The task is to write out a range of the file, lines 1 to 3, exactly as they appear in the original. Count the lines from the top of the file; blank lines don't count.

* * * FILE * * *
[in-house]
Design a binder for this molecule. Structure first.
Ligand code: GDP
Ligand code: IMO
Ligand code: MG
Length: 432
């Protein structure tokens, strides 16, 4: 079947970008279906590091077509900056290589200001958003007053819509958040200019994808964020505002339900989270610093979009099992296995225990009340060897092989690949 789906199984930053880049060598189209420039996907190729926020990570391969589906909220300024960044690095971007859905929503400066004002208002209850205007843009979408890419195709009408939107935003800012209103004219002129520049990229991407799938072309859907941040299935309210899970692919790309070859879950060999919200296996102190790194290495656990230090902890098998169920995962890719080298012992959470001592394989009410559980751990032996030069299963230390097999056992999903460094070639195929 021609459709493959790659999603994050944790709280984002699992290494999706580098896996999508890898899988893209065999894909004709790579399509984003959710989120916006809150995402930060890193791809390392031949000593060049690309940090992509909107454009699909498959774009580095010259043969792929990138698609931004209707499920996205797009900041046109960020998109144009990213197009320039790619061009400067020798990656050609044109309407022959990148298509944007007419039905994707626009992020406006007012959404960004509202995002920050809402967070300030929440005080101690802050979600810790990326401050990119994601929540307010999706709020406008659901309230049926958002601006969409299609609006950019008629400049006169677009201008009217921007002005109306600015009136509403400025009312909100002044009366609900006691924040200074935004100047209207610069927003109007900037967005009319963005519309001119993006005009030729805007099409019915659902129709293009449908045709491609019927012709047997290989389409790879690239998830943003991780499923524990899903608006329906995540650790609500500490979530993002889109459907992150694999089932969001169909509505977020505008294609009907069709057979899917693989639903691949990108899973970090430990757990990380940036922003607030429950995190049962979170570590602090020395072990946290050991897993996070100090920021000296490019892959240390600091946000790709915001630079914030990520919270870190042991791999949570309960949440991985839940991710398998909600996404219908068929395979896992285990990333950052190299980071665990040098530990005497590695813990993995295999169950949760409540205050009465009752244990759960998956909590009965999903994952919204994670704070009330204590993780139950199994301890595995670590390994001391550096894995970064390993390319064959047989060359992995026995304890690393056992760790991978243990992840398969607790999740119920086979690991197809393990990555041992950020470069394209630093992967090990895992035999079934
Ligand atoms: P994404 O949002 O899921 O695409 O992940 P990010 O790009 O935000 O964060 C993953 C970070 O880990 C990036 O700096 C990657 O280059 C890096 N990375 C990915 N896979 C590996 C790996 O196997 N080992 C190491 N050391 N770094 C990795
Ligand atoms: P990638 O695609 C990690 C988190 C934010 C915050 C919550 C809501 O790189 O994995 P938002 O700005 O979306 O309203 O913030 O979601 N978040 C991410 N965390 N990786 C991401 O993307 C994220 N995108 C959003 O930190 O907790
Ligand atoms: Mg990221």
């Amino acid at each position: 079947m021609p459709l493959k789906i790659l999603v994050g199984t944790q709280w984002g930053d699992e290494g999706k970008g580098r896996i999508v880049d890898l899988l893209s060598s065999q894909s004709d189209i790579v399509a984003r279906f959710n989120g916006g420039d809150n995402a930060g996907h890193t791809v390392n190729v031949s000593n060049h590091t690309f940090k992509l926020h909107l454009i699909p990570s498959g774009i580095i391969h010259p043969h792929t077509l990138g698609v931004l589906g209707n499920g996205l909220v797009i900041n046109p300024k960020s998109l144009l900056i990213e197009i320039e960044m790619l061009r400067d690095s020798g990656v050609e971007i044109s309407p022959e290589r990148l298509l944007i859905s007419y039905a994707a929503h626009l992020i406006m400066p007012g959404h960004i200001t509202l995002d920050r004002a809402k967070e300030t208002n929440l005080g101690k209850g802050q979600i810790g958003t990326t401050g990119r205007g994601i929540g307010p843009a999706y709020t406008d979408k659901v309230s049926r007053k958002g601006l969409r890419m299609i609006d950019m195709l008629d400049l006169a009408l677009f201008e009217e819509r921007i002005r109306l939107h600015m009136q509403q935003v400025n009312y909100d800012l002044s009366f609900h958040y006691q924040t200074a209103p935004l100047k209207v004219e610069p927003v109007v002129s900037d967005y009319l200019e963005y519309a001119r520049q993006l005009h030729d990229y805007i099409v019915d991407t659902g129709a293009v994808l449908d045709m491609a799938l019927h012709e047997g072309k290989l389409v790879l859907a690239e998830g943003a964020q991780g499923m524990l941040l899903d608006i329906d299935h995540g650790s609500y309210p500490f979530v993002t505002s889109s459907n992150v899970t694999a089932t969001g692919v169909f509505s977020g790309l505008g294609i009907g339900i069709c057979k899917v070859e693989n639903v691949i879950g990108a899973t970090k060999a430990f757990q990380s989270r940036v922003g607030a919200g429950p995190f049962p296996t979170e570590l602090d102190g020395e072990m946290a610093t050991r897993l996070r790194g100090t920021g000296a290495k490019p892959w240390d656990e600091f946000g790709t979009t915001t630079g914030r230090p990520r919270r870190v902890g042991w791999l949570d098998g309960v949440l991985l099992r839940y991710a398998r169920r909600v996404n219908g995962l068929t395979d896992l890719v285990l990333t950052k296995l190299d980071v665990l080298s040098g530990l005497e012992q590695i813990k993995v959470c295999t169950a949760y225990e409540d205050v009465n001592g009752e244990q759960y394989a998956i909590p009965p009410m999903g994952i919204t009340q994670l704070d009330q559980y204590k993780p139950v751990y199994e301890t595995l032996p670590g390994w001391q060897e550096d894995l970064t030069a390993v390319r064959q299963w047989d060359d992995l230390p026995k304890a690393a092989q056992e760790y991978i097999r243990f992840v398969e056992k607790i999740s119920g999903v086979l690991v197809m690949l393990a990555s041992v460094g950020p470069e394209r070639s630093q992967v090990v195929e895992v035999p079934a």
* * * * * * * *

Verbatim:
[in-house]
Design a binder for this molecule. Structure first.
Ligand code: GDP